PASADENA, Calif. -- Washington State quarterback Ryan Leaf has been the other guy all year, so why should the 84th Rose Bowl be any different?
He was buried under Peyton Manning's press clippings all season and overlooked by the Heisman voters and, well, pretty much misunderstood by everyone from the residents of his hometown in Great Falls, Mont., to the national media.
So, why not tomorrow, when he will take the field against Heisman Trophy winner Charles Woodson and the supposedly soon-to-be-crowned national champion Michigan Wolverines?
Here's why not: Leaf might be the best NFL quarterback prospect in college football. He has the size, ability and personality to be a top-flight pro, and tomorrow's game could be his ticket to the No. 1 selection in this year's NFL draft.
If he moves the ball the way he did during Washington State's surprising 10-1 season, Michigan's dream of a first national championship since 1948 could become one of those Rose Bowl nightmares that Pacific-10 teams have been dishing up throughout the storied history of college football's most venerated bowl game.
"It all starts with Mr. Leaf," said Michigan coach Lloyd Carr. "He might be the best quarterback we've faced in the 18 years I've been at Michigan. If we don't get pressure on Ryan Leaf, it's going to be a long day."
Leaf is just trying to make sure he doesn't put any pressure on himself. He has spent the last week foiling media attempts to portray the game as a one-on-one duel between him and the nation's best defensive player.
Woodson will be waiting in the defensive backfield for any opportunity to upstage Leaf and the Cougars, but Leaf said he will treat him no differently from anyone else on the other side of the line.
"This game isn't Ryan Leaf vs. Charles Woodson," he said. "It's Washington State vs. Michigan."
Don't be surprised, however, if that is what it comes down to when the Cougars take the field for their first Rose Bowl appearance in 67 years. Leaf has to move the ball through the air to upend the Wolverines, and no one is better at turning the passing game against the opposition than Woodson, who recently became the first defensive player to win the Heisman Trophy.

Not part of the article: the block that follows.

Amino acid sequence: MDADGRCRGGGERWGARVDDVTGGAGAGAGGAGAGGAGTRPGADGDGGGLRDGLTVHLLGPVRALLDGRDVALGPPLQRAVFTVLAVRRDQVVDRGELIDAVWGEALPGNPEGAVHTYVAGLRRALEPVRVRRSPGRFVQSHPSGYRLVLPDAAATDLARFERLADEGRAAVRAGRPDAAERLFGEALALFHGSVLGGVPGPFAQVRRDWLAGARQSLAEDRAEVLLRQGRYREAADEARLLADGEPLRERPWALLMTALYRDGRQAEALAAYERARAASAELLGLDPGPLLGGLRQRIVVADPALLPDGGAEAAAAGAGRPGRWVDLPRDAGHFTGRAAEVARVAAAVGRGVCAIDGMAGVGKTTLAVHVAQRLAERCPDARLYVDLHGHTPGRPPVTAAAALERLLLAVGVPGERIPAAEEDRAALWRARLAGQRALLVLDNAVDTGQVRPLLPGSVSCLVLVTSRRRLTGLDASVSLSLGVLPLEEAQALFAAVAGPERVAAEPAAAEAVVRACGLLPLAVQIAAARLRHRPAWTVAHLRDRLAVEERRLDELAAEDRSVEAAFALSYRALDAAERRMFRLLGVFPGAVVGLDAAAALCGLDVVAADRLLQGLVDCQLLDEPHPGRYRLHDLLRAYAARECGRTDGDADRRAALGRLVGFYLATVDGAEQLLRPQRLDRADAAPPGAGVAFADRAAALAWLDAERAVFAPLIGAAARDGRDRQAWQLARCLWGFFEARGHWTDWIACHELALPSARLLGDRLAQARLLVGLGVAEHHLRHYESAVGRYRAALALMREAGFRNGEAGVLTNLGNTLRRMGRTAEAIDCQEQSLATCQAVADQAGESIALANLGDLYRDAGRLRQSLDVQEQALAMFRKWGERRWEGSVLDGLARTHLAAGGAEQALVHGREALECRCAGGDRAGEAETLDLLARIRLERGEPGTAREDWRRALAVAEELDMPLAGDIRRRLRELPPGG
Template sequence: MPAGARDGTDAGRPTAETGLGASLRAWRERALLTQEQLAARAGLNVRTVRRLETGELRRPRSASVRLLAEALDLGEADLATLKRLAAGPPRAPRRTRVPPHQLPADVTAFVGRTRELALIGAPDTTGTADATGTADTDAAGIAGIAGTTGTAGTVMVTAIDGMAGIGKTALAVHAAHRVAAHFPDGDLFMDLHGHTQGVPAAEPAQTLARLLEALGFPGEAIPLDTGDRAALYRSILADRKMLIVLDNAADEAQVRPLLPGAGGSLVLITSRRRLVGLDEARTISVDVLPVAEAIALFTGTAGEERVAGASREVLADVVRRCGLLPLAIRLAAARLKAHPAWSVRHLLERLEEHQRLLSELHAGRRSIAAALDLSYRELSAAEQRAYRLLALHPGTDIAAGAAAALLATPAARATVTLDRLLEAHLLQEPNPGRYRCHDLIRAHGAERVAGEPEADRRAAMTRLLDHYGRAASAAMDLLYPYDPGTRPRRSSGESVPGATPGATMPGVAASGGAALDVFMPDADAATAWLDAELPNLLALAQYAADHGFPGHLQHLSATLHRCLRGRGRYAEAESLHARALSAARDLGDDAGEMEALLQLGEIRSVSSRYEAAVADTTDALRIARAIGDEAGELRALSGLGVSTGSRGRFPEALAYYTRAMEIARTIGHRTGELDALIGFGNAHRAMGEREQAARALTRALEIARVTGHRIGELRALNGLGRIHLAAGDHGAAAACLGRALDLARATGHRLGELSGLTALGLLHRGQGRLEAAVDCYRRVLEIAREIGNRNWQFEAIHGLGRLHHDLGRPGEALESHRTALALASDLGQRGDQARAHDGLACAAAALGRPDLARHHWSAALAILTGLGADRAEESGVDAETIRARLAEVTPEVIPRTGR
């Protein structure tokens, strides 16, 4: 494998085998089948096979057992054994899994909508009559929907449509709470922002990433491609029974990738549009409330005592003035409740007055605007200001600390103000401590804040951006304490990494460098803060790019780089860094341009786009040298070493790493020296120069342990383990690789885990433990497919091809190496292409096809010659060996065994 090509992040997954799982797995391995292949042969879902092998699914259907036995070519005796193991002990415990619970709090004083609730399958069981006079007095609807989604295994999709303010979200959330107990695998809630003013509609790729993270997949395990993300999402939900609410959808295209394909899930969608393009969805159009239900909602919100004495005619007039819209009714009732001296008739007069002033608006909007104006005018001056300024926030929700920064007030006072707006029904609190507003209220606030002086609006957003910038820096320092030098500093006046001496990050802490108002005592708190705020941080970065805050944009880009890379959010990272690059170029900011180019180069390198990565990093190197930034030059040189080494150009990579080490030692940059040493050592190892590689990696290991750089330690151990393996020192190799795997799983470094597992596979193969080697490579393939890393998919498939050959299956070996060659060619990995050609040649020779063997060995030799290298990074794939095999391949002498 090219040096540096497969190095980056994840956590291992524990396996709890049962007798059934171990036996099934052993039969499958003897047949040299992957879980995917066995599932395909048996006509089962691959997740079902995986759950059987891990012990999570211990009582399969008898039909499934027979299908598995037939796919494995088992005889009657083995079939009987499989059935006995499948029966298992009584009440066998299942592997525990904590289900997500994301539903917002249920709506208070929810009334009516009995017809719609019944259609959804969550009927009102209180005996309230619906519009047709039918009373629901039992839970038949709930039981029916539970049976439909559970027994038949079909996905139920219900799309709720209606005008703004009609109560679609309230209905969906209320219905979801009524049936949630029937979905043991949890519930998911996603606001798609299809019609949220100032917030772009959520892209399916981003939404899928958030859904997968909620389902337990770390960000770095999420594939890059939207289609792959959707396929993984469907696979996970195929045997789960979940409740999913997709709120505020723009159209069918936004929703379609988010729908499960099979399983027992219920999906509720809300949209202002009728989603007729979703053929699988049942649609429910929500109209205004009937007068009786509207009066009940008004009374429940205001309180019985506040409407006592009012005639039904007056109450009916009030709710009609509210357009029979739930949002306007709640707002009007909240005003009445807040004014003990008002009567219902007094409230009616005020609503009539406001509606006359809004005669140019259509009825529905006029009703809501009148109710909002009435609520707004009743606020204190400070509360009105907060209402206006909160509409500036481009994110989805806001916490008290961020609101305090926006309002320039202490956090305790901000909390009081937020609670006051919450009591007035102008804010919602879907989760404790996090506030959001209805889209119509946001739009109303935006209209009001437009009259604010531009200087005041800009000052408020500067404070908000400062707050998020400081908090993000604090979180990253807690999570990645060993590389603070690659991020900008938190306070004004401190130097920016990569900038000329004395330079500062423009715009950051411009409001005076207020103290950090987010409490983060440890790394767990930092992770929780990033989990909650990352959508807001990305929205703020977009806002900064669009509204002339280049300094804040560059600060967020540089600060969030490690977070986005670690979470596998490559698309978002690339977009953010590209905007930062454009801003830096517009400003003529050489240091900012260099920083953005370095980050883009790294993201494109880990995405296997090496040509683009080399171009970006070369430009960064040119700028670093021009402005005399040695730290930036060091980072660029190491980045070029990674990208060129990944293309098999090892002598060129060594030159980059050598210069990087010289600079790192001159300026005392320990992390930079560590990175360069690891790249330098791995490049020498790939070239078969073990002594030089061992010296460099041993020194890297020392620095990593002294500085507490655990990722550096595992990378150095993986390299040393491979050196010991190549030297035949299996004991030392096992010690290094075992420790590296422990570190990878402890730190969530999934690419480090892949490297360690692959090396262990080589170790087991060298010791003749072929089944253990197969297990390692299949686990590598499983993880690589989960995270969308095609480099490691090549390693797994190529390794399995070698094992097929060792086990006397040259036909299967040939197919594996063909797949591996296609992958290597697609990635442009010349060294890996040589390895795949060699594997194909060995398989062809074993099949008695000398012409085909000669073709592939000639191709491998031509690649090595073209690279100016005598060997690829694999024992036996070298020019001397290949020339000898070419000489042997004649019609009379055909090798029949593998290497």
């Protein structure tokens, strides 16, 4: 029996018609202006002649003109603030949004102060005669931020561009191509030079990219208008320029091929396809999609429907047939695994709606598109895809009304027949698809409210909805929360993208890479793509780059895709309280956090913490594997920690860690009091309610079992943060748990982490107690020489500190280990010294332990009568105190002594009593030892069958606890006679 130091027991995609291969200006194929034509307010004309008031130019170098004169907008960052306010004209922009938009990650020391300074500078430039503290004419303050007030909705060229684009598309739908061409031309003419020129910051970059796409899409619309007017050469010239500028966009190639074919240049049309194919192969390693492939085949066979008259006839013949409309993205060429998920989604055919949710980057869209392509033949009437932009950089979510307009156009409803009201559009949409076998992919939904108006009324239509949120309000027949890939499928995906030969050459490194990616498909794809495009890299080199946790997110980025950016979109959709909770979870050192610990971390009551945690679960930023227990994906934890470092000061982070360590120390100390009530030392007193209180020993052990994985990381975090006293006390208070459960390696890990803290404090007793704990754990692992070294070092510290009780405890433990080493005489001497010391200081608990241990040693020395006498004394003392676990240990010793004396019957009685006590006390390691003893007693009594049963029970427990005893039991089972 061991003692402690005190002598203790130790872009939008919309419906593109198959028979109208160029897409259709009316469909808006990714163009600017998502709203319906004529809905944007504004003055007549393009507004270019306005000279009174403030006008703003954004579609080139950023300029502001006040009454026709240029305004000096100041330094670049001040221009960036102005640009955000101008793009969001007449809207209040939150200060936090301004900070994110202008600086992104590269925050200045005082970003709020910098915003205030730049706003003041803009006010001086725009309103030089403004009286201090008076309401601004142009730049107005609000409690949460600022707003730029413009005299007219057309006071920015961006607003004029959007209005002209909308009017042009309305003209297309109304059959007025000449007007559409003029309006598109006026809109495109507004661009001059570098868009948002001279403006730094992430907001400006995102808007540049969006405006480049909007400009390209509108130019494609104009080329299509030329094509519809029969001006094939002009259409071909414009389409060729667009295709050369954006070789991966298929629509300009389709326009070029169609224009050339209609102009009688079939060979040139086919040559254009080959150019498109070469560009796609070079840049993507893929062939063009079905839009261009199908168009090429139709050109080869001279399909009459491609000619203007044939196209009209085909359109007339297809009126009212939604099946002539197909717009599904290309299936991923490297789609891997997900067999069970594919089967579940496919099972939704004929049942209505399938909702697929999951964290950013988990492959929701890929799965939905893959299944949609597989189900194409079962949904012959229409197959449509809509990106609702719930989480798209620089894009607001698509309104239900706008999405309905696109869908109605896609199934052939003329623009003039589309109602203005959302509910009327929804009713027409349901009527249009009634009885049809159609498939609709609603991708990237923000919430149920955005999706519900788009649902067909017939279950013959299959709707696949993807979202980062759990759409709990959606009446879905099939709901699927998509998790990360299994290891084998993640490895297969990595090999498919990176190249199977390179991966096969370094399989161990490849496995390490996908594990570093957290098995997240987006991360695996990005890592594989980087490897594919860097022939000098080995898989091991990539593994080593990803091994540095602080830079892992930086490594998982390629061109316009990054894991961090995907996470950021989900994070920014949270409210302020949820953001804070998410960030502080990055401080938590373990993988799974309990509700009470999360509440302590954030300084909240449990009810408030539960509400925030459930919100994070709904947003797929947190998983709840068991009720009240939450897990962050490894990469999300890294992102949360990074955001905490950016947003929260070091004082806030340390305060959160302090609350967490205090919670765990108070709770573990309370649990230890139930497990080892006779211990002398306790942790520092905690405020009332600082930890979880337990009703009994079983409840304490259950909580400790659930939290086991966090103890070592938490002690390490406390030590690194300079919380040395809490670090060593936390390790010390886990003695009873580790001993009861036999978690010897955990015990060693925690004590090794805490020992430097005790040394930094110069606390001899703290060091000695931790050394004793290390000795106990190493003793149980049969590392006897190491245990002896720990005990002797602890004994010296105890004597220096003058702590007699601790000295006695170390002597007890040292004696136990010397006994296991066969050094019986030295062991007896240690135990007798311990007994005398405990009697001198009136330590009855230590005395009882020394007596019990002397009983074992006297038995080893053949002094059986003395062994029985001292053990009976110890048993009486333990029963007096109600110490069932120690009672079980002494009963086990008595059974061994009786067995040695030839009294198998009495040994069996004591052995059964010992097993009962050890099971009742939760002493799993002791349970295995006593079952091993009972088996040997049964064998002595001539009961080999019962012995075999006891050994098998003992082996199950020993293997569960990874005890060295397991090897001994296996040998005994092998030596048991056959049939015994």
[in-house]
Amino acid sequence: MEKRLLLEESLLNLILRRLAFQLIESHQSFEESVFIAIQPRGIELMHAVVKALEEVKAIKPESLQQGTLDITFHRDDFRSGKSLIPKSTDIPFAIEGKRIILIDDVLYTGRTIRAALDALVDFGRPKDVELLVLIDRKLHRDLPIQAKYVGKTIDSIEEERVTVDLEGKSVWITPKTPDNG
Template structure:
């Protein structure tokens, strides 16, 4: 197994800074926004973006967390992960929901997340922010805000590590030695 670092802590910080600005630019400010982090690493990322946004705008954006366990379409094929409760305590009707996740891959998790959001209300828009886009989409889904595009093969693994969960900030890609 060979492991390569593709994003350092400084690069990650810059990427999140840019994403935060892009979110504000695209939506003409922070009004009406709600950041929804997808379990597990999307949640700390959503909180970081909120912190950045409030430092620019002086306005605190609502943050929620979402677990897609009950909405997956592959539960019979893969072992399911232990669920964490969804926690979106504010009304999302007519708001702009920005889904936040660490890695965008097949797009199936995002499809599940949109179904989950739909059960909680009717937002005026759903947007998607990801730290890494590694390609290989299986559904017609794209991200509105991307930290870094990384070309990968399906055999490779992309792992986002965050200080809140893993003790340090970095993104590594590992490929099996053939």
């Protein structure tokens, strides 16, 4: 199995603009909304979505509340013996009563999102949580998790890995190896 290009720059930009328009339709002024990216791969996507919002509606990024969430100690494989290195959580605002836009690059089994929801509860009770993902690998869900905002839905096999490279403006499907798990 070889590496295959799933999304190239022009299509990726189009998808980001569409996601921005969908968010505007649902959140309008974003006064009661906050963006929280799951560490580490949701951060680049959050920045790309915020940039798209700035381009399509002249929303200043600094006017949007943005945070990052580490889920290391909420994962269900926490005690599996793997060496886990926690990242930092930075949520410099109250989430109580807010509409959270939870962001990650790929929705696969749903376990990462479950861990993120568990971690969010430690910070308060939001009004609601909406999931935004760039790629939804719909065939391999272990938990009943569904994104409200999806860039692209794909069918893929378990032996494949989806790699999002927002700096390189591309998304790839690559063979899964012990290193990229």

The numbers say it will be a high-scoring affair. Leaf completed ++ 210 of 375 passes this year for 3,637 yards and 33 touchdowns, or an average of three touchdown passes per game. He failed to pass for at least 300 yards only twice -- against Oregon and Stanford -- and finished with an impressive 161.18 NCAA quarterback rating.
"Ryan hasn't had one bad game," Cougars coach Mike Price said. "He's a tremendous leader with great confidence, a strong arm, great vision; he's super confident, understands the game, our game. He's the best."
The Cougars averaged more than 42 points per game. The Wolverines averaged 28 points, but played a far tougher overall schedule that featured five ranked teams and included defensive powerhouses Ohio State and Penn State.
This clearly will be the biggest test of Leaf's 2 1/2 -year college career, and probably the last. He is projected to be a top-three pick if he decides to come out for the NFL draft. Might even go higher than his friend and rival, Manning. Who knows? He might even be the guy to turn around the Ravens.
Ravens officials are known to be interested in Leaf, but would have to trade up in the draft to get a shot at him. He isn't saying what he's going to do, but the prospect of a huge NFL contract figures to persuade him to bypass his final year of college eligibility. For the moment, he is saying all of the politically correct things about tomorrow's game and leaving the future to take care of itself.
"This game is the biggest thing in my life," Leaf said. "I think it's great for not only this team, but for everybody who has been associated with this university and come before us. They paved the way for this. We are at a point where everybody can relish this."
Leaf refused to ponder the possibilities that await him afterward.
"I really haven't allowed myself to think about that," he said, "because I want to be focused on this game. When the time comes -- and that will be Jan. 2 -- I'll put in some deep thought about it."
In some interviews, he has said that the decision on whether to come out for the draft already has been made. This week, he hedged, but his entry into the draft appears to be a foregone conclusion.
He refused to speculate on where he might want to play and sidestepped questions about the possibility of playing for the Ravens -- except to say that he has never been to Baltimore and has "no impressions" of either the city or the team.
First things first.